Pressurized heavy water reactor

Figure 1. The Bruce nuclear plant in Ontario uses 8 heavy water CANDU reactors, the most by any nuclear power plant in the world.[1]

A pressurized heavy water reactor is a type of nuclear reactor that makes use of heavy water ([math]\ce{^2_1H_2O}[/math]) as its coolant and moderator. Heavy water contains an isotope of hydrogen called deuterium. Deuterium absorbs fewer neutrons than hydrogen, which is extremely important as nuclear fission reactions require neutrons to carry out their chain reactions.[2] The heavy water is kept under pressure which increases its boiling point so that it can operate at high temperatures without boiling.

Heavy water is rare, and extracting it from ordinary water is expensive. Although it comes at an increased price, it doesn't require the uranium fuel to be enriched like in some other nuclear reactors. This greatly decreases the expense for the heavy water because uranium enrichment requires separate facilities and extensive processes.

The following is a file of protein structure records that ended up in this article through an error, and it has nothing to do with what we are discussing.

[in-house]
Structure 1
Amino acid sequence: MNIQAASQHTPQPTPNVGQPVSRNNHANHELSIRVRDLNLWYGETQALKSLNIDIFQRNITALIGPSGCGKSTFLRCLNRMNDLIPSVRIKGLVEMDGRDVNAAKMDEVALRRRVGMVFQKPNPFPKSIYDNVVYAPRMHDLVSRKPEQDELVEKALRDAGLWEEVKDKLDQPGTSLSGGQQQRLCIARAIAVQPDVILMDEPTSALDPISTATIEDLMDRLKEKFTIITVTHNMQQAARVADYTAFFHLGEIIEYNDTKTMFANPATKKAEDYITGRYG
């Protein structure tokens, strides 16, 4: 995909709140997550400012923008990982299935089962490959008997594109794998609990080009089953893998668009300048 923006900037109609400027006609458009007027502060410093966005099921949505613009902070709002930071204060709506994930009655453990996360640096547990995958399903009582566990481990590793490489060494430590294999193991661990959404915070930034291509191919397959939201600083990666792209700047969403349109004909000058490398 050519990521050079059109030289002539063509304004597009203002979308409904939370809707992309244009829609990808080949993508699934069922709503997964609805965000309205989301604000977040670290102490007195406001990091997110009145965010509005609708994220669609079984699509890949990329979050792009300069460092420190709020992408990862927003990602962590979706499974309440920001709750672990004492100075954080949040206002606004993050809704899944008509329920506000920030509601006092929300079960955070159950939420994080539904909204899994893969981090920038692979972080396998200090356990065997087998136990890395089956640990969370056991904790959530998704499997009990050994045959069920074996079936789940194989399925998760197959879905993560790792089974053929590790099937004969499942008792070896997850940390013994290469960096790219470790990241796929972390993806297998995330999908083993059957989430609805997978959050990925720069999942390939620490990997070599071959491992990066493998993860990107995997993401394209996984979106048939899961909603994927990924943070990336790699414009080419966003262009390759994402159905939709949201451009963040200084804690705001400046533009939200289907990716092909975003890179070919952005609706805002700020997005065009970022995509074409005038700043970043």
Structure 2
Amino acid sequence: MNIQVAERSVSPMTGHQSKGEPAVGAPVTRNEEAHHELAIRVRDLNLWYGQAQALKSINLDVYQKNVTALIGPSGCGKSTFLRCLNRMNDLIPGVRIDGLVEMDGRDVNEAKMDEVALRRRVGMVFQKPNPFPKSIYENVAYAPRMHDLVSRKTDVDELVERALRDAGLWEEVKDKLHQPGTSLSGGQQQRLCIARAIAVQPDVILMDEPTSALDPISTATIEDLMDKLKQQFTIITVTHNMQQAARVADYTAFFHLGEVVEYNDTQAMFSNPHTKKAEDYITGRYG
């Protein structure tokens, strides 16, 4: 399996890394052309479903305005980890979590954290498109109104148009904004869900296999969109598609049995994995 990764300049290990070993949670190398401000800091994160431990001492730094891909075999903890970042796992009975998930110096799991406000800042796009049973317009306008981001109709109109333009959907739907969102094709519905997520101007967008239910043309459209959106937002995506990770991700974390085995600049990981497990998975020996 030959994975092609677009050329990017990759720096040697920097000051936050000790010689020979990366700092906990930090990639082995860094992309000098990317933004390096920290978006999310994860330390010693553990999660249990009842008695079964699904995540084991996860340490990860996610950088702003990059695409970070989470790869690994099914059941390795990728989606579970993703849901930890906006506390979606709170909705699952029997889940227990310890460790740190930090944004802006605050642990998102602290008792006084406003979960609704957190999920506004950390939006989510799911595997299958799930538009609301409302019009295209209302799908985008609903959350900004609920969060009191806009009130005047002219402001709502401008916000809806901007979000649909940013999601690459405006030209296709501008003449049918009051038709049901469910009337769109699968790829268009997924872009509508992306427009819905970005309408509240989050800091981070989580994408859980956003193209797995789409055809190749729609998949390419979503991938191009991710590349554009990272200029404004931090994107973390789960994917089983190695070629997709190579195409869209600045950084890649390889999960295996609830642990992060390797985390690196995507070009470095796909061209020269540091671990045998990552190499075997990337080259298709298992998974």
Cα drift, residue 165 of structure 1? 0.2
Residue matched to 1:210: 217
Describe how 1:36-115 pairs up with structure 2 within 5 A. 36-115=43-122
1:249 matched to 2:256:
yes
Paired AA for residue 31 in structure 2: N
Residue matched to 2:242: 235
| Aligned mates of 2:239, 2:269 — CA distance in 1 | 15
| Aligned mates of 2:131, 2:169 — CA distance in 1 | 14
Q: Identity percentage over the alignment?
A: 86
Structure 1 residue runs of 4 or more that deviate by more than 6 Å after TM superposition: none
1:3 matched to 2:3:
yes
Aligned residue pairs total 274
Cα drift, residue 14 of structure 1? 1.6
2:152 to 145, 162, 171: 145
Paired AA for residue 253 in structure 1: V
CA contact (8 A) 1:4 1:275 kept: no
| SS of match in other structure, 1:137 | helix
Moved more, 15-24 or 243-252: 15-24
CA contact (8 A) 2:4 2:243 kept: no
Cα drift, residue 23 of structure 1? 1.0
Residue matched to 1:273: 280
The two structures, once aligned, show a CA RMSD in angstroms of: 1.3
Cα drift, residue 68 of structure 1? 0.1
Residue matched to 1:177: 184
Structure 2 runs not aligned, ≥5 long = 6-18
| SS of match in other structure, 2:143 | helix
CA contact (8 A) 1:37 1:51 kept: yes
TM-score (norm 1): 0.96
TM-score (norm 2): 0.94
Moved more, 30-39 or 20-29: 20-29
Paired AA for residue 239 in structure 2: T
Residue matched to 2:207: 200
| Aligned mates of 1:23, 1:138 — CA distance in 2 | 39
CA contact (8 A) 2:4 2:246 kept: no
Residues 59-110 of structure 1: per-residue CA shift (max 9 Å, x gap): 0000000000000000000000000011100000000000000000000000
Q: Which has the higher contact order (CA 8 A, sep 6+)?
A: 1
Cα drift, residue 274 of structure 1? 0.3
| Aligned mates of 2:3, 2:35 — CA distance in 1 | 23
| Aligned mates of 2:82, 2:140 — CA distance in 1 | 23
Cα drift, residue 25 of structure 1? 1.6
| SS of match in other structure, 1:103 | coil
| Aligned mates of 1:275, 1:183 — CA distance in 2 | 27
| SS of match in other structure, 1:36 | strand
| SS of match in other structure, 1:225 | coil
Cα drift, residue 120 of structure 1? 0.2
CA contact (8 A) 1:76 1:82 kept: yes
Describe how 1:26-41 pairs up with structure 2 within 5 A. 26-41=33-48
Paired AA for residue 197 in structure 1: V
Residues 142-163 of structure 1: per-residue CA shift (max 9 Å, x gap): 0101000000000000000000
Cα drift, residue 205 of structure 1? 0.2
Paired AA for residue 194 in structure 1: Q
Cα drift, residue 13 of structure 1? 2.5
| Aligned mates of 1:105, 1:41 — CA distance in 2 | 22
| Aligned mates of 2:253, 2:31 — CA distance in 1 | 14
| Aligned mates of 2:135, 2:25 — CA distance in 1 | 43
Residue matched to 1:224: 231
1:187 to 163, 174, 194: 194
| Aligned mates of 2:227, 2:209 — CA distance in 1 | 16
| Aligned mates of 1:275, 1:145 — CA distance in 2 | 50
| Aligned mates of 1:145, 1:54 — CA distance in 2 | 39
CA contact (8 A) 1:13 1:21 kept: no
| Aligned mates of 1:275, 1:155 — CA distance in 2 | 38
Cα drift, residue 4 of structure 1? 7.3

The CANDU reactor is the first and most widely used heavy water reactor, with over 20 in commission in Canada and around the world in Romania, India, China, Pakistan, South Korea and Argentina.[3][4]

Visit the CANDU page for more details on heavy water nuclear reactors.


  1. Wikimedia Commons [Online], Available:
  2. R. Wolfson, "Nuclear fission" in Energy, Environment, and Climate, 2nd ed., New York, NY: W.W. Norton & Company, 2012, ch. 7, sec. 4, pp.173
  3. B. Everett, G. Boyle, S. Peake and J. Ramage, "Nuclear power" in Energy Systems and Sustainability, 2nd ed., Oxford, UK: Oxford, 2013, ch.10, pp.407-414
  4. online, accessed July 5th, 2015.

Authors and Editors

Bethel Afework, Jordan Hanania, Kailyn Stenhouse, Jason Donev
Last updated: May 18, 2018
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